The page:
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Exclusive Eric Boullier Q&A: Bright future beckons as Lotus 18 Nov 2011

Eric Boullier (FRA) Lotus Renault GP Team Principal.
Formula One World Championship, Rd 16, Korean Grand Prix, Qualifying Day, Korea International Circuit, Yeongam, South Korea, Saturday, 15 October 2011 Daniel Ricciardo (AUS) HRT Formula One Team HRT F111 and Bruno Senna (BRA) Lotus Renault GP R31. 
Formula One World Championship, Rd 18, Abu Dhabi Grand Prix, Race, Yas Marina Circuit, Abu Dhabi, UAE, Sunday, 13 November 2011 Bruno Senna (BRA) Lotus Renault GP R31.
Formula One World Championship, Rd 18, Abu Dhabi Grand Prix, Qualifying Day, Yas Marina Circuit, Abu Dhabi, UAE, Saturday, 12 November 2011 Vitaly Petrov (RUS) Lotus Renault GP R31.
Formula One World Championship, Rd 18, Abu Dhabi Grand Prix, Race, Yas Marina Circuit, Abu Dhabi, UAE, Sunday, 13 November 2011 Bruno Senna (BRA) Lotus Renault GP celebrates his 28th birthday with Eric Boullier (FRA) Lotus Renault GP Team Principal and a cake.
Formula One World Championship, Rd 16, Korean Grand Prix, Qualifying Day, Korea International Circuit, Yeongam, South Korea, Saturday, 15 October 2011 Bruno Senna (BRA) Lotus Renault GP R31. 
Formula One World Championship, Rd 18, Abu Dhabi Grand Prix, Qualifying Day, Yas Marina Circuit, Abu Dhabi, UAE, Saturday, 12 November 2011 Bruno Senna (BRA) Lotus Renault GP R31. 
Formula One World Championship, Rd 18, Abu Dhabi Grand Prix, Qualifying Day, Yas Marina Circuit, Abu Dhabi, UAE, Saturday, 12 November 2011 Vitaly Petrov (RUS) Lotus Renault GP R31.
Formula One World Championship, Rd 18, Abu Dhabi Grand Prix, Qualifying Day, Yas Marina Circuit, Abu Dhabi, UAE, Saturday, 12 November 2011 Robert Kubica (POL) Lotus Renault GP R31.
Formula One Testing, Day 2, Valencia, Spain, Wednesday, 2 February 2011 Bruno Senna (BRA) Lotus Renault GP R31.
Formula One World Championship, Rd 18, Abu Dhabi Grand Prix, Practice Day, Yas Marina Circuit, Abu Dhabi, UAE, Friday, 11 November 2011 Romain Grosjean (FRA) Lotus Renault GP Third Driver.
Formula One World Championship, Rd 16, Korean Grand Prix, Qualifying Day, Korea International Circuit, Yeongam, South Korea, Saturday, 15 October 2011 Romain Grosjean (FRA) Lotus Renault GP R31 Test Driver.
Formula One World Championship, Rd 18, Abu Dhabi Grand Prix, Practice Day, Yas Marina Circuit, Abu Dhabi, UAE, Friday, 11 November 2011 Romain Grosjean (FRA) Lotus Renault GP R31 Test Driver.
Formula One World Championship, Rd 18, Abu Dhabi Grand Prix, Practice Day, Yas Marina Circuit, Abu Dhabi, UAE, Friday, 11 November 2011

According to Renault’s team principal, it’s always possible to learn from problems and turn bad fortune into good. And Eric Boullier hopes his team can do just that in 2012 after a season blighted by the bold - but ultimately flawed - R31. Although the car’s successor will by no means be conservative, valuable lessons have been learnt as Renault - soon to be renamed Lotus - target a brighter future. Boullier discusses the problems of 2011, the on-going uncertainty surrounding Robert Kubica, and his plans to ultimately sign more big names…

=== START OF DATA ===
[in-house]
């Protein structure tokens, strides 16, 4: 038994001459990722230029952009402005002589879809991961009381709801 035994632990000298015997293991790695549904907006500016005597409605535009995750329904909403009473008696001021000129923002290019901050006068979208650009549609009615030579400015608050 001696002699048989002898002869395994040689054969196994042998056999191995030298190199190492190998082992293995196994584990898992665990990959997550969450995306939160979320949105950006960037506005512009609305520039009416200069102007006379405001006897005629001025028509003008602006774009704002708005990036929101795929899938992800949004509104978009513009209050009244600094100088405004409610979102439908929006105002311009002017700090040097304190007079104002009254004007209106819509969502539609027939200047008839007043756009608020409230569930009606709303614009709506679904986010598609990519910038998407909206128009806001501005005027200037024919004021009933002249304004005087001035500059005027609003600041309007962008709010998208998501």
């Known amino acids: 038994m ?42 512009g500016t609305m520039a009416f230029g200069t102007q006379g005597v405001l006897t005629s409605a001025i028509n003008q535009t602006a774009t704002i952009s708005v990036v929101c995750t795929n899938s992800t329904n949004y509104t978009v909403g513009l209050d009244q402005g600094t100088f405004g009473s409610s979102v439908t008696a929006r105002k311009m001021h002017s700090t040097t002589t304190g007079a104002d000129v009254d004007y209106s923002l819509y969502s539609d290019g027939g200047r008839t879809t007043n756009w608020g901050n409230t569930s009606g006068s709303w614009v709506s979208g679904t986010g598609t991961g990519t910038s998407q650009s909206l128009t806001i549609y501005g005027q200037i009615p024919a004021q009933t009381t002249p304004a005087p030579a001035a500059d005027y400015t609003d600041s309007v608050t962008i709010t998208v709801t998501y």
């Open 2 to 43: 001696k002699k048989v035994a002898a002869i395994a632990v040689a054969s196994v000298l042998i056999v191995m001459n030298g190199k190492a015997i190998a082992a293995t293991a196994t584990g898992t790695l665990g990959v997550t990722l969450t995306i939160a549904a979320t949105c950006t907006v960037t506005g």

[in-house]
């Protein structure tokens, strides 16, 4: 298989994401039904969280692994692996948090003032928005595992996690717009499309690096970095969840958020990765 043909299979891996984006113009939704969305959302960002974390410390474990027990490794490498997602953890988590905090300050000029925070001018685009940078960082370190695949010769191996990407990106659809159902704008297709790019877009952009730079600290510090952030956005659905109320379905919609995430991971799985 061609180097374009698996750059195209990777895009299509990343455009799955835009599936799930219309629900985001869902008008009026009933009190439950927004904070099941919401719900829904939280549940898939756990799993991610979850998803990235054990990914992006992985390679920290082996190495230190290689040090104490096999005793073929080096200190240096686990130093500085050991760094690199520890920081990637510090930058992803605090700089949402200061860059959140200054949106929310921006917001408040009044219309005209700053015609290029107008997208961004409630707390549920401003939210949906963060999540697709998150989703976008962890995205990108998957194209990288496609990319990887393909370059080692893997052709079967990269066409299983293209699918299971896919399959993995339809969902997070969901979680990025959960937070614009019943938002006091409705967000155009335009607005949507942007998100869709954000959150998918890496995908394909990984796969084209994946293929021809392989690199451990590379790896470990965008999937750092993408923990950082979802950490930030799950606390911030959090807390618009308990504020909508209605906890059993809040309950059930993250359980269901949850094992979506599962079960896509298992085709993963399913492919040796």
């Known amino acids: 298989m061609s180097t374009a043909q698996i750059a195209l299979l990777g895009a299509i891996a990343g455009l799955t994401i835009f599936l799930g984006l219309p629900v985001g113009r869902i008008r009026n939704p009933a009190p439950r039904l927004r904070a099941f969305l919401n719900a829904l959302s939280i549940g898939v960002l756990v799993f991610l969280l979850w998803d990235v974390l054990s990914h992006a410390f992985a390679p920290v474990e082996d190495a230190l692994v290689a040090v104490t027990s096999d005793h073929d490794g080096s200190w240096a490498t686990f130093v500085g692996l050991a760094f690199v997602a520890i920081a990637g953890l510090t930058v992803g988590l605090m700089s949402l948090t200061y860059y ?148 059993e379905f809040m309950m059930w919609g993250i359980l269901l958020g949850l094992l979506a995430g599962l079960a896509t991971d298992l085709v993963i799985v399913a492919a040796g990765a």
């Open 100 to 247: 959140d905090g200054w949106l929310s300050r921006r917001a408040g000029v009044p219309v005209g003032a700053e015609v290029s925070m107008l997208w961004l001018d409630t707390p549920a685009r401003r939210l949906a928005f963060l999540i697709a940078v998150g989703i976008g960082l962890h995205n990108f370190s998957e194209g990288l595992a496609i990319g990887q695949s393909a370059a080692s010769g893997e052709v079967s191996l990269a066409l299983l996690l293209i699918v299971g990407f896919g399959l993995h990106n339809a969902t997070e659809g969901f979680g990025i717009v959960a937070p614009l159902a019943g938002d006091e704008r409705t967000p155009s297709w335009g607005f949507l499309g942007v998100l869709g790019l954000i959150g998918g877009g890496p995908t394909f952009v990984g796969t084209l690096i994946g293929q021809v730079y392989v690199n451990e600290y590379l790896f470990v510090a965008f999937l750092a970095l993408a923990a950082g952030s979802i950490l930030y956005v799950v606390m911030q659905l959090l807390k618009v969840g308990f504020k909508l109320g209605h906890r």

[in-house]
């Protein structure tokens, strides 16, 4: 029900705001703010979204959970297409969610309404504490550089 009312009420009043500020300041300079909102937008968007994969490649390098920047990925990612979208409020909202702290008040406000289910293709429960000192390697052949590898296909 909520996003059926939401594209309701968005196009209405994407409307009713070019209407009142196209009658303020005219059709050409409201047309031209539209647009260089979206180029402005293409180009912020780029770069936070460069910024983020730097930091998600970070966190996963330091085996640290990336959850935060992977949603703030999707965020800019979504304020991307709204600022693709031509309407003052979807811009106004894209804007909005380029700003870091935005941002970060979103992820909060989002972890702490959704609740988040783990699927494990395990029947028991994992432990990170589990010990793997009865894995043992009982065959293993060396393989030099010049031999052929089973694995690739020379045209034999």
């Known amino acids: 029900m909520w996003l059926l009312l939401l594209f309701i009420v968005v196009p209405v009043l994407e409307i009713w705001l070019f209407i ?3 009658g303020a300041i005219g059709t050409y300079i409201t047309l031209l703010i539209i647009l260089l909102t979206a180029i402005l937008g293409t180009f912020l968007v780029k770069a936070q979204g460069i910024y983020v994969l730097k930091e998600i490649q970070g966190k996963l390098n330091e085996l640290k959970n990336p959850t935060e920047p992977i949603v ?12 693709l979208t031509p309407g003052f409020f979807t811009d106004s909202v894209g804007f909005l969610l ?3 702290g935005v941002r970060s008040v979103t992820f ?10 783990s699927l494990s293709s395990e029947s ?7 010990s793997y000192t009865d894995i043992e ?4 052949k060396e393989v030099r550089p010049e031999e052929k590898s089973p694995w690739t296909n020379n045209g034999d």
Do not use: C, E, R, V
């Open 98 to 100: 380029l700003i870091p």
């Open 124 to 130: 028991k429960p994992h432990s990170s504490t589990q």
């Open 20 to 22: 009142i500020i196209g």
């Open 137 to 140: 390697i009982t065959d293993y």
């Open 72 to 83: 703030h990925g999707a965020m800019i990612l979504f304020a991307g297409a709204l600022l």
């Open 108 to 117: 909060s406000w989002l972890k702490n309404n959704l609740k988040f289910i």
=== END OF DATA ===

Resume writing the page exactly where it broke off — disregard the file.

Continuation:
Q: Eric, what’s the matter with Renault at the moment?
Eric Boullier:
Which problem?

Q: You started the season well, but it’s since tailed off dramatically…
EB:
We have already explained many times that the innovative exhaust that we’ve built doesn’t work at low speed. So at all the tracks with low-speed corners we are struggling a lot. This includes Monaco, Budapest, Singapore and Abu Dhabi, where we struggled like hell, because the exhaust doesn’t work. And there is nothing we can do because we have no downforce. But the car, if you compare the performances we had in India or Japan or Spa, is sometimes faster than the rest. We haven’t always transformed this performance into points - for different reasons which have nothing to do with the performance of the car.

Q: The team took a risky decision when they implemented the forward-facing exhaust. What did you expect to gain?
EB:
Well, if it worked we would definitely be inside the top four in terms of performance all the time. The fact is that it is working in some places because of the layout of the track. We know that it is working in fast corners and medium-fast corners - there we have the downforce - but it isn’t in slow corners.

Q: So how will it be in 2012? Will you stick with the concept?
EB:
We’ve learnt from our mistakes. We had some reasons to go innovative. Actually I took the risk, as I backed (technical director) James (Allison) when he offered me this solution. The team was in a process of transformation and the objective for Genii was to be world champions, but not just world champions for one year but as an established top team. It took Red Bull five years to be at the very top. Part of the game is that when you restructure a team internally you have to stimulate the creativity of your people - and this year was the right time to try something different. I think that without the loss of Robert (Kubica) the situation would be very different.

Q: So in the end you’ve been punished for being too innovative. Can you take any positives from it though?
EB:
Yes, because we’ve learnt a lot about the process. We understand that we have to be very careful about all the regulation changes and all the processes involved in it. We’ve based our concept on one blowing system, which meant that when we had to rethink it before Silverstone we lost eight weeks. We had to balance that. We probably took the innovation too far and that is why we are paying the price now. But what we have achieved internally is good. The experience - well, the bad experience actually - means that we’ve gained. It will be a benefit in the future.

Q: Did you push the innovation so much because you hoped to cut corners on the way to becoming a top team again?